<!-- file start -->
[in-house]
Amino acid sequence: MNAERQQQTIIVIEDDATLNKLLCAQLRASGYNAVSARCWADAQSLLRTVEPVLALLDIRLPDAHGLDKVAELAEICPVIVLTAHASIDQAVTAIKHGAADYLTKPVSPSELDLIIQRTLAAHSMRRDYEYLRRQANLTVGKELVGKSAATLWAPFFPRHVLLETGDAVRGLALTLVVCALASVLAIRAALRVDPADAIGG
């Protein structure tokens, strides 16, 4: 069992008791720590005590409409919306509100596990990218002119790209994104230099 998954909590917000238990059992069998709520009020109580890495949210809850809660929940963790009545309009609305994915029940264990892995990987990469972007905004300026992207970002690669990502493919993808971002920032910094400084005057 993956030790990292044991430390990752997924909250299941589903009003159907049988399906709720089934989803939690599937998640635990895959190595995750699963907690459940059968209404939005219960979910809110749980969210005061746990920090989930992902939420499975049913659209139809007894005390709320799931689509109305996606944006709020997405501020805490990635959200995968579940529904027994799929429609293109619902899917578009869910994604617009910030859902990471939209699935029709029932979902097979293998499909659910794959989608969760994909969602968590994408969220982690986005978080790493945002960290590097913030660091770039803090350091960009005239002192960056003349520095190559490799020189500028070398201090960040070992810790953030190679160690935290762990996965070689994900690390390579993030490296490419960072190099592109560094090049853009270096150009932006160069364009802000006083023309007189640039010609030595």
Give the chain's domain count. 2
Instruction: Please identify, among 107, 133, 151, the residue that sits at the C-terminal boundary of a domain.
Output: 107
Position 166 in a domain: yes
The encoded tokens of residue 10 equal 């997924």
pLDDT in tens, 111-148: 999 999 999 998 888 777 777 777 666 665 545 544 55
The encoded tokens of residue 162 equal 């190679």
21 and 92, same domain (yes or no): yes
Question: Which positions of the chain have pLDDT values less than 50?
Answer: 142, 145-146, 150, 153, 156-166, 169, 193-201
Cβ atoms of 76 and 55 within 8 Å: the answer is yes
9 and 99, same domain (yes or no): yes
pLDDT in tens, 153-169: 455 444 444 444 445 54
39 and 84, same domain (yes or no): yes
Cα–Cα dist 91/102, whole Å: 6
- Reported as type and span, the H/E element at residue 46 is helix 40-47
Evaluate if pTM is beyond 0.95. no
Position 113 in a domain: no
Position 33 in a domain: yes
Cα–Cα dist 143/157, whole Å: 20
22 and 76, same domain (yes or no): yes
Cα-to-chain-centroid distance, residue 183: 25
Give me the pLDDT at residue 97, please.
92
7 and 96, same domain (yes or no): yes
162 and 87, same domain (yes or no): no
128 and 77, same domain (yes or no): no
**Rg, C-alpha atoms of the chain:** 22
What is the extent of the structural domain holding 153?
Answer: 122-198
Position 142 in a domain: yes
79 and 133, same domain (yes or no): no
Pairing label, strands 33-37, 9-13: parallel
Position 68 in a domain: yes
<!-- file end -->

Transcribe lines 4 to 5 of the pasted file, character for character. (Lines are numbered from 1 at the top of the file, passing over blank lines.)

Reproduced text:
Give the chain's domain count. 2
Instruction: Please identify, among 107, 133, 151, the residue that sits at the C-terminal boundary of a domain.